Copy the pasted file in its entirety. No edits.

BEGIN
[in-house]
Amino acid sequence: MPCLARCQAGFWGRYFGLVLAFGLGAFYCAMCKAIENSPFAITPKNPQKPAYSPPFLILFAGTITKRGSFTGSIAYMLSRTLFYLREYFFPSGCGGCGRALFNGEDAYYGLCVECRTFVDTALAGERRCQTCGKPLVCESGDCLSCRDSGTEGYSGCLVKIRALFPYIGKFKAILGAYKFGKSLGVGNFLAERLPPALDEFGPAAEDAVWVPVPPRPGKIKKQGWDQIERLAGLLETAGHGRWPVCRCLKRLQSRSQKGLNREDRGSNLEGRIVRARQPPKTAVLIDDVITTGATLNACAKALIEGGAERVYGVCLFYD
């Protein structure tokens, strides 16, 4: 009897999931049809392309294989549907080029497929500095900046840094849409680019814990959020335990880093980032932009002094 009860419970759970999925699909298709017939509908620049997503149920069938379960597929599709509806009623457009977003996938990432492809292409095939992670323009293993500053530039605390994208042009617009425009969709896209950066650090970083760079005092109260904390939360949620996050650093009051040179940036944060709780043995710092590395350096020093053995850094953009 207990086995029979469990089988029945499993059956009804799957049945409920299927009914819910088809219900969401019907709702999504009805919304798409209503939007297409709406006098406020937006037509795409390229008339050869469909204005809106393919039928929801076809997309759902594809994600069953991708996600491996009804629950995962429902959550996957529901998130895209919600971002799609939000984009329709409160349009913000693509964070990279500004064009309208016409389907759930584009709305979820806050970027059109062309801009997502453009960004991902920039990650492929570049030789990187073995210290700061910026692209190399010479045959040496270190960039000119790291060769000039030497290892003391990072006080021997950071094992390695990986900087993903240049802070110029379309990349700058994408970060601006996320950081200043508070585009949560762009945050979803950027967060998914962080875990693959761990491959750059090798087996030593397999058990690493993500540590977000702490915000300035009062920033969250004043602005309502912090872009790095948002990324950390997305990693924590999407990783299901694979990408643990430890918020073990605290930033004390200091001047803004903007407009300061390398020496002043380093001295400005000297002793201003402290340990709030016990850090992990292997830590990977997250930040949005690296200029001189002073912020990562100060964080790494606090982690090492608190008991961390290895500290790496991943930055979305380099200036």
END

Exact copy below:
[in-house]
Amino acid sequence: MPCLARCQAGFWGRYFGLVLAFGLGAFYCAMCKAIENSPFAITPKNPQKPAYSPPFLILFAGTITKRGSFTGSIAYMLSRTLFYLREYFFPSGCGGCGRALFNGEDAYYGLCVECRTFVDTALAGERRCQTCGKPLVCESGDCLSCRDSGTEGYSGCLVKIRALFPYIGKFKAILGAYKFGKSLGVGNFLAERLPPALDEFGPAAEDAVWVPVPPRPGKIKKQGWDQIERLAGLLETAGHGRWPVCRCLKRLQSRSQKGLNREDRGSNLEGRIVRARQPPKTAVLIDDVITTGATLNACAKALIEGGAERVYGVCLFYD
């Protein structure tokens, strides 16, 4: 009897999931049809392309294989549907080029497929500095900046840094849409680019814990959020335990880093980032932009002094 009860419970759970999925699909298709017939509908620049997503149920069938379960597929599709509806009623457009977003996938990432492809292409095939992670323009293993500053530039605390994208042009617009425009969709896209950066650090970083760079005092109260904390939360949620996050650093009051040179940036944060709780043995710092590395350096020093053995850094953009 207990086995029979469990089988029945499993059956009804799957049945409920299927009914819910088809219900969401019907709702999504009805919304798409209503939007297409709406006098406020937006037509795409390229008339050869469909204005809106393919039928929801076809997309759902594809994600069953991708996600491996009804629950995962429902959550996957529901998130895209919600971002799609939000984009329709409160349009913000693509964070990279500004064009309208016409389907759930584009709305979820806050970027059109062309801009997502453009960004991902920039990650492929570049030789990187073995210290700061910026692209190399010479045959040496270190960039000119790291060769000039030497290892003391990072006080021997950071094992390695990986900087993903240049802070110029379309990349700058994408970060601006996320950081200043508070585009949560762009945050979803950027967060998914962080875990693959761990491959750059090798087996030593397999058990690493993500540590977000702490915000300035009062920033969250004043602005309502912090872009790095948002990324950390997305990693924590999407990783299901694979990408643990430890918020073990605290930033004390200091001047803004903007407009300061390398020496002043380093001295400005000297002793201003402290340990709030016990850090992990292997830590990977997250930040949005690296200029001189002073912020990562100060964080790494606090982690090492608190008991961390290895500290790496991943930055979305380099200036």